Edward J.N. Ishac, Ph.D.
Portrait Dr Edward JN Ishac, Ph.D.
Department: Department of Pharmacology and Toxicology
Phone: (804) 828-2127
Fax: (828) 828-2117
Robert Blackwell Smith Building
410 North 12th Street,
Richmond, Virginia 23298-0613
- B.S. (Hons) Monash University, Australia, 1979
- Ph.D. Monash University, Australia, 1983
- Modulation of hepatic adrenergic receptors and molecular pathogenesis of liver disease and the role of second messenger systems and cytokines
Research carried out in the laboratory is directed toward elucidating the mechanisms involved in hepatic cellular signal-transduction, cytokines in hepatic inflammation and modulation of neurotransmission by cannabinoids.
A) Studies have focused on the underlying biochemical/molecular processes involved in the modulation of hepatic adrenergic receptors under a number of physiological and pathological conditions. Catecholamines can regulate a wide variety of functions in the liver, including key steps in carbohydrate, lipid and amino acid metabolism and also can influence hepatocyte growth and differentiation. Changes in the expression and function of hepatic adrenergic receptors have been demonstrated during dietary deficiency, altered thyroid state, partial hepatectomy and in vitro incubation of liver cells. Under these conditions adrenergic activation of glycogenolysis shifts from an alpha1-AR to beta2-AR mediated response. Our results indicate that the altered receptor response pattern is selective for adrenergic agents and is present at the level of the respective second messenger systems. Protein kinase C, a major regulatory enzyme, plays an important role in signal transduction as well as cell growth, differentiation and gene expression. There is considerable interest now in the role of PKC, and in particular, the different isozymes and their subcellular localization in the change in receptor response.
B) Alcohol consumption, nonalcoholic and viral hepatitis are three major causes of chronic liver injury leading to liver fibrosis, cirrhosis and liver cancer; however, the molecular and cellular mechanisms underlying liver injury and repair in these disorders are poorly understood. The laboratory is interested in studying the effects of cytokines in hepatic inflammation and innate immunity in liver diseases including alcoholic liver injury. Studies have investigated the roles of cytokines (IL-6, IL-22) and their downstream signals (STAT3) in the development and progression of fatty liver diseases, liver injury and repair.
C) The neurobehavioral effects of marijuana and related cannabinoids are thought to act through specific cannabinoid receptors. Activation of CB1 receptors by cannabinoids causes hypotension via a sympathoinhibitory action in anesthetized rats and can inhibit the electrically evoked twitch response in mouse-isolated vas deferens. Studies from the laboratory have demonstrated that activation of CB1 receptors by 9-tetrahydrocannabinol or the endogenous ligand anandamide can inhibit exocytotic norepinephrine release from rat isolated atria and vas deferentia. Nonexocytotic, tyramine-induced release of transmitter is unaffected by cannabinoids. Future studies are directed toward understanding the cellular mechanisms involved in the inhibition of noradrenergic transmitter release and examining their possible role in cholinergic transmission.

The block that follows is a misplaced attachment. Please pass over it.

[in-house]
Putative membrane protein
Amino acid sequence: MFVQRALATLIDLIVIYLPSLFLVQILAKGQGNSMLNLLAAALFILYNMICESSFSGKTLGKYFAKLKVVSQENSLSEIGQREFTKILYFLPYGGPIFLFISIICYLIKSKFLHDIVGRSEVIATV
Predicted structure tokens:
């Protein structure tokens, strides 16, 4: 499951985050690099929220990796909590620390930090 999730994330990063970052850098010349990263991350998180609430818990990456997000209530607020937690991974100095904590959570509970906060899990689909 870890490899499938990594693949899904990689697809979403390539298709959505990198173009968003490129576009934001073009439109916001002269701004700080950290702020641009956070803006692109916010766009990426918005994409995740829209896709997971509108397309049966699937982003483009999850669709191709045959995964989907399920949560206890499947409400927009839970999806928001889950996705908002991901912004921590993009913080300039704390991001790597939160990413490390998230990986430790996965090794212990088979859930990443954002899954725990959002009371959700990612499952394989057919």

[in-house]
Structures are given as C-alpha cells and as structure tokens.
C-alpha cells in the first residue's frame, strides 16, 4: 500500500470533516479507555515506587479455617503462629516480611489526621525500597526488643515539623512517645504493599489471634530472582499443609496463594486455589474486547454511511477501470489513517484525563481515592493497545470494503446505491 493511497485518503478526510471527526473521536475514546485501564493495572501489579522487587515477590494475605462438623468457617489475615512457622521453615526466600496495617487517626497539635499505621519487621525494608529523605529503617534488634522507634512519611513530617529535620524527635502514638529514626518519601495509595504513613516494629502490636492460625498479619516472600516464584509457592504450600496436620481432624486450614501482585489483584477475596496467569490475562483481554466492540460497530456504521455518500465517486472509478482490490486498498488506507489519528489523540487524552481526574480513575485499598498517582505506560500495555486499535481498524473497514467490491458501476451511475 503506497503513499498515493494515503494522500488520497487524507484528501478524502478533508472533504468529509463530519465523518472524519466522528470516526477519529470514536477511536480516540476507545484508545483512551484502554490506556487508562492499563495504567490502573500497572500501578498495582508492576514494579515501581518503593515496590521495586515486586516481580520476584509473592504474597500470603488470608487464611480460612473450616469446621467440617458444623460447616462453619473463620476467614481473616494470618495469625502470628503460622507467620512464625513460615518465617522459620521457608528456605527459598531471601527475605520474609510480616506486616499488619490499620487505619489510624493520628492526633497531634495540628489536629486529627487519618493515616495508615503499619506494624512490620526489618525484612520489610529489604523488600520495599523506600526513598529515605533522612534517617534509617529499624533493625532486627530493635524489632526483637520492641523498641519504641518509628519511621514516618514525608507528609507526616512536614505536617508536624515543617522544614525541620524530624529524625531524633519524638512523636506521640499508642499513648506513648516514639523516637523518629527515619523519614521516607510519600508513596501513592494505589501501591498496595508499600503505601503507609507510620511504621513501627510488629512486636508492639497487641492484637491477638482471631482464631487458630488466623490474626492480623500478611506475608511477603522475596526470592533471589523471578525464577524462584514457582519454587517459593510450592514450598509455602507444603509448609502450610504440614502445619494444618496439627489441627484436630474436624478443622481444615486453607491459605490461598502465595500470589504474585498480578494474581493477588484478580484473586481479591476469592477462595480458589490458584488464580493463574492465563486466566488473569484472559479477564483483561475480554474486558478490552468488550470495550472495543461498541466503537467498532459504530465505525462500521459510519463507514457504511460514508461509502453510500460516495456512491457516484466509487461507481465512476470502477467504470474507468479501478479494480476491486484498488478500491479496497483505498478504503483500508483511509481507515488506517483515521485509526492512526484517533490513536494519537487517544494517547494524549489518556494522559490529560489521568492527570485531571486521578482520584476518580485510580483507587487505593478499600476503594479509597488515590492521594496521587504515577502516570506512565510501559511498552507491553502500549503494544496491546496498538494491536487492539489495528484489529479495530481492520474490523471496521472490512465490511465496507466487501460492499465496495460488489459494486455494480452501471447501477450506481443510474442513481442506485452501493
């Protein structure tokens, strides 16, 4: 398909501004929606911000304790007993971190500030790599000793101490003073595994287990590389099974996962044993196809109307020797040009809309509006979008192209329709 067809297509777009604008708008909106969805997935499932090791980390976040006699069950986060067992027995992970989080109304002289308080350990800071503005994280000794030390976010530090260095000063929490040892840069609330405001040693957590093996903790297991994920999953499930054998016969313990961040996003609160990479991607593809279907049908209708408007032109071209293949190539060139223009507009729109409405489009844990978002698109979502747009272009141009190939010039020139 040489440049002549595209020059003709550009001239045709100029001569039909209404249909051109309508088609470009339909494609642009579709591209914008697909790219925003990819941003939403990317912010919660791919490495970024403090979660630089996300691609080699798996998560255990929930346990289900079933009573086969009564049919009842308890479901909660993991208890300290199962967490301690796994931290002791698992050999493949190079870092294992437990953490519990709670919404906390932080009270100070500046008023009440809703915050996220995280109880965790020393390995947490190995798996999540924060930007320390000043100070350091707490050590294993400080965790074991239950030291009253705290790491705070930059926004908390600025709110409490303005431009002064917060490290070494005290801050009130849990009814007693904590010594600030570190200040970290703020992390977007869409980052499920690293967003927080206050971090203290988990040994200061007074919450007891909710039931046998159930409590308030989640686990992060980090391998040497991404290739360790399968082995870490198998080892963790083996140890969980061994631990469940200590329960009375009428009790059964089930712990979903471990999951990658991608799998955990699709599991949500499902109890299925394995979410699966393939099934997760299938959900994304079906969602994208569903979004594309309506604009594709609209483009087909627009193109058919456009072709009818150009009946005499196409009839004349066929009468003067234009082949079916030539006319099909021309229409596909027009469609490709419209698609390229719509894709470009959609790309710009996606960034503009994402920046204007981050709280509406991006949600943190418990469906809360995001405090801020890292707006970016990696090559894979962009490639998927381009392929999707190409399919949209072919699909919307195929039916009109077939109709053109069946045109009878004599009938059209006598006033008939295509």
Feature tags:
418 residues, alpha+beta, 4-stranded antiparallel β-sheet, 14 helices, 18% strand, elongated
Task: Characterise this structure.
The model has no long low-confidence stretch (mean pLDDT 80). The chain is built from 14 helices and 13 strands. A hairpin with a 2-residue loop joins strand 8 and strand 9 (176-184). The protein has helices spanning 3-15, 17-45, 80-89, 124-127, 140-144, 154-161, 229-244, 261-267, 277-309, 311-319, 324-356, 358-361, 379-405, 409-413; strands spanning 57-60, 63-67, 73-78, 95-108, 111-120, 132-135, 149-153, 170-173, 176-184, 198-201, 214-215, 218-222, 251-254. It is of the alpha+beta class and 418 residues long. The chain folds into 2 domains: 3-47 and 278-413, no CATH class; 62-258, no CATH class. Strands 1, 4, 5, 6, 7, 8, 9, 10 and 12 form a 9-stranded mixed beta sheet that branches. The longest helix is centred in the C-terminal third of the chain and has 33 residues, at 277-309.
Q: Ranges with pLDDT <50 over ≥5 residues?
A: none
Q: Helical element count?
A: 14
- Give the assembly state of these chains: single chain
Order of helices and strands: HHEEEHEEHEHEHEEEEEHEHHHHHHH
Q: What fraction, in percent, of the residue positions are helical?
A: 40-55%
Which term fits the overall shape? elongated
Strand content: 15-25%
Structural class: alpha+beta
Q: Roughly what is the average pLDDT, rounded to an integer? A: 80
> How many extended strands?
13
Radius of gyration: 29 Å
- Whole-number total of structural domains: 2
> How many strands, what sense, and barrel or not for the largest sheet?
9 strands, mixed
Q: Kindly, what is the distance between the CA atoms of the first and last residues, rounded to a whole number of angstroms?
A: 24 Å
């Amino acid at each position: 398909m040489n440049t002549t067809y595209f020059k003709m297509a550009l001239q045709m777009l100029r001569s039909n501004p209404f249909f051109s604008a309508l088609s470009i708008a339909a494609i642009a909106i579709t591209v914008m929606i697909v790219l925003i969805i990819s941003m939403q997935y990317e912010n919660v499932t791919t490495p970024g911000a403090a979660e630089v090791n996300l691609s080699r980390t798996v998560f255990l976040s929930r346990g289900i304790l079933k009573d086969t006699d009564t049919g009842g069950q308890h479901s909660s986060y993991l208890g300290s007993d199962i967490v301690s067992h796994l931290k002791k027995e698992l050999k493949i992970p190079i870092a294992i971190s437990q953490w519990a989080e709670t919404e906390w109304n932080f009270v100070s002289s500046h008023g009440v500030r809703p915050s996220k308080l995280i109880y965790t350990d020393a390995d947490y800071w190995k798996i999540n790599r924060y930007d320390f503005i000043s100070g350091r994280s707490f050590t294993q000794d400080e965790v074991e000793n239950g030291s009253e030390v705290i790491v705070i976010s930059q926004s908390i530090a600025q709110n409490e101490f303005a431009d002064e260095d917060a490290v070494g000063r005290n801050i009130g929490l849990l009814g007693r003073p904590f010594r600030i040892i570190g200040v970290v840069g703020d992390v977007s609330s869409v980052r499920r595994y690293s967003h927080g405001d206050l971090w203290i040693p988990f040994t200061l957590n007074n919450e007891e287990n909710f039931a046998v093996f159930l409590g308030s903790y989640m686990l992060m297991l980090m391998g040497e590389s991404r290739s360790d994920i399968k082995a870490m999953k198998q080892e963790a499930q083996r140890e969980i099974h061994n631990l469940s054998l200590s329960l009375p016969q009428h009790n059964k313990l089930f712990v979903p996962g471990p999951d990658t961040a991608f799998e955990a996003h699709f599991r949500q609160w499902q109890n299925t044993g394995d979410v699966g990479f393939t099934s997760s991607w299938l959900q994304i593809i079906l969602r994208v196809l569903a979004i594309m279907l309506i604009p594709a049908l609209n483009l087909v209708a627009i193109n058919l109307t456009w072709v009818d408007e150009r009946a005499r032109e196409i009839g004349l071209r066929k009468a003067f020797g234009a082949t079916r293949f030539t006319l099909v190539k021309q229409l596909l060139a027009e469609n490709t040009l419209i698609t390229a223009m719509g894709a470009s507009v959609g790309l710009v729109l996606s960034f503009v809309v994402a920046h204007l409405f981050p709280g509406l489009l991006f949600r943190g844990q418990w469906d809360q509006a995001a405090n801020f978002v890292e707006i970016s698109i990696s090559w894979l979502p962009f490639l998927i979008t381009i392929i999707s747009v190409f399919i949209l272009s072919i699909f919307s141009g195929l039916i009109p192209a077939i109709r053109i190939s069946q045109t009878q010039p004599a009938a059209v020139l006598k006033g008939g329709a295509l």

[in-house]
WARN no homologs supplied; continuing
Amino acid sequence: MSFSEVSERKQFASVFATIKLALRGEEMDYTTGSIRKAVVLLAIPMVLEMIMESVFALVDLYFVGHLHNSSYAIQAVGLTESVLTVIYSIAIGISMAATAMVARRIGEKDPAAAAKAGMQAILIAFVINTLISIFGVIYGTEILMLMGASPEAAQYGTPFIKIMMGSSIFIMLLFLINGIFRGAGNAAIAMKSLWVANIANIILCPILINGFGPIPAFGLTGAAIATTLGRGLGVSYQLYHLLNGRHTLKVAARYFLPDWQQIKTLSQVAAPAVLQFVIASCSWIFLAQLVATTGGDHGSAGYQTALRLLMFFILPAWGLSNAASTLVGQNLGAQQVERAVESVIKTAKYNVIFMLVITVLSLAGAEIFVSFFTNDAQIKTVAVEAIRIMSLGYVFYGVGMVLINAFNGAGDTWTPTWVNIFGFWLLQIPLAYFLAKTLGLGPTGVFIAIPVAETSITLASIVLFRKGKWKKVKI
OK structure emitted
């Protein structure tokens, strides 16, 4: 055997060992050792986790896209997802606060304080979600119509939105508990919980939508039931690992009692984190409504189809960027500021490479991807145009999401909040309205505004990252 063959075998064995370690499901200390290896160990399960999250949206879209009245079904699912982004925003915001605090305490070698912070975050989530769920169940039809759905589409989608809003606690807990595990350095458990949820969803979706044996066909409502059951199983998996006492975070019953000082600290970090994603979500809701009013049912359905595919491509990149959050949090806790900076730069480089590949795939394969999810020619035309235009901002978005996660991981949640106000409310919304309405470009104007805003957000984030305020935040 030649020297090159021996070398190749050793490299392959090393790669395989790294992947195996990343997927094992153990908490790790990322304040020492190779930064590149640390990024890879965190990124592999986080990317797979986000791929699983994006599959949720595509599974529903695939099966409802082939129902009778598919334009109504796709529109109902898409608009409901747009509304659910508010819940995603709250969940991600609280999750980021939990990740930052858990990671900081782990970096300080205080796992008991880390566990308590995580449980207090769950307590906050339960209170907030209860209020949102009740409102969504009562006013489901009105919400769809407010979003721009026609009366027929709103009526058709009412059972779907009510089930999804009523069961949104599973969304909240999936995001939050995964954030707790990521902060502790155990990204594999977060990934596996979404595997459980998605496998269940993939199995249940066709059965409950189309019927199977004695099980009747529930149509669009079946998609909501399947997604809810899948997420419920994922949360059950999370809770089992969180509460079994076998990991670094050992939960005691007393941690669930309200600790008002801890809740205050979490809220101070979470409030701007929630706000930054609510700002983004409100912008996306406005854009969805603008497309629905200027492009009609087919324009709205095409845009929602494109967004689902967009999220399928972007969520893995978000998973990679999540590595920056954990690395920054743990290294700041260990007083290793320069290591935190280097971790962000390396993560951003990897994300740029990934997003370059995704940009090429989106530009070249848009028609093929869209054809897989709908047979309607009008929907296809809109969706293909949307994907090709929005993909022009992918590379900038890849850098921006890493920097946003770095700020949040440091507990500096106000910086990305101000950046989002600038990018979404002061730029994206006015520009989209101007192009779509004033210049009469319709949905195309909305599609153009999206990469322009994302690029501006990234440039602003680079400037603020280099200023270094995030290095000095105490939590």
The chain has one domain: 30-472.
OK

Horiguchi N, Ishac EJN and Gao B. (2007) Liver regeneration is suppressed in alcoholic cirrhosis: correlation with decreased STAT3 activation. Alcohol. 40:271-280.
Hong F, Kim WH, Tian Z, Jaruga B, Ishac EJN, Shen X and Gao B. (2002) Elevated interleukin-6 during ethanol consumption acts as a potential endogenous protective cytokine against ethanol-induced apoptosis in the liver: involvement of induction of Bcl-2 and Bcl-x(L) proteins. Oncogene. 21:32-43.
Nguyen V-AT, Chen J, Hong F, Ishac EJN and Gao B. (2000) Interferons activate the p42/44 MAP kinase and JAK-STAT signaling pathways in hepatocytes: Differential regulation by acute ethanol via a PKC-dependent mechanism. Biochemistry Journal. 349:427-434.
Chen J, Ishac EJN, Dent P, Kunos G and Gao B. (1998) Effects of ethanol on mitogen-activated protein kinase and stress-activated protein kinase cascades in normal and regenerating liver. Biochemistry Journal. 334:669-76.
Ishac EJN, Jiang L, Lake KD, Varga K, Abood M and Kunos G. (1996) Presynaptic cannabinoid CB1 receptors on peripheral sympathetic nerves inhibit exocytotic noradrenaline release. British Journal of Pharmacology. 118 (8):2023-8.
Kunos G, Ishac EJN, Gao B and Jiang L. (1995) Inverse regulation of hepatic alpha1B- and beta2-adrenergic receptors: Cellular mechanisms and physiological implications. Annals of the New York Academy of Sciences. 757:261-270.
Ishac EJN, Lazar-Wesley E and Kunos G. (1992) Rapid inverse changes in alpha1B- and beta2-adrenergic receptors and gene transcripts in acutely isolated rat liver cell. Journal of Cellular Physiology. 152:79-86.
Lazar-Wesley E, Hadcock JR, Malbon CC, Kunos G and Ishac EJN. (1991) Tissue-specific regulation of alpha1B, beta1, and beta2-adrenergic receptor mRNAs by thyroid state in the rat. Endocrinology. 129:1116-1118.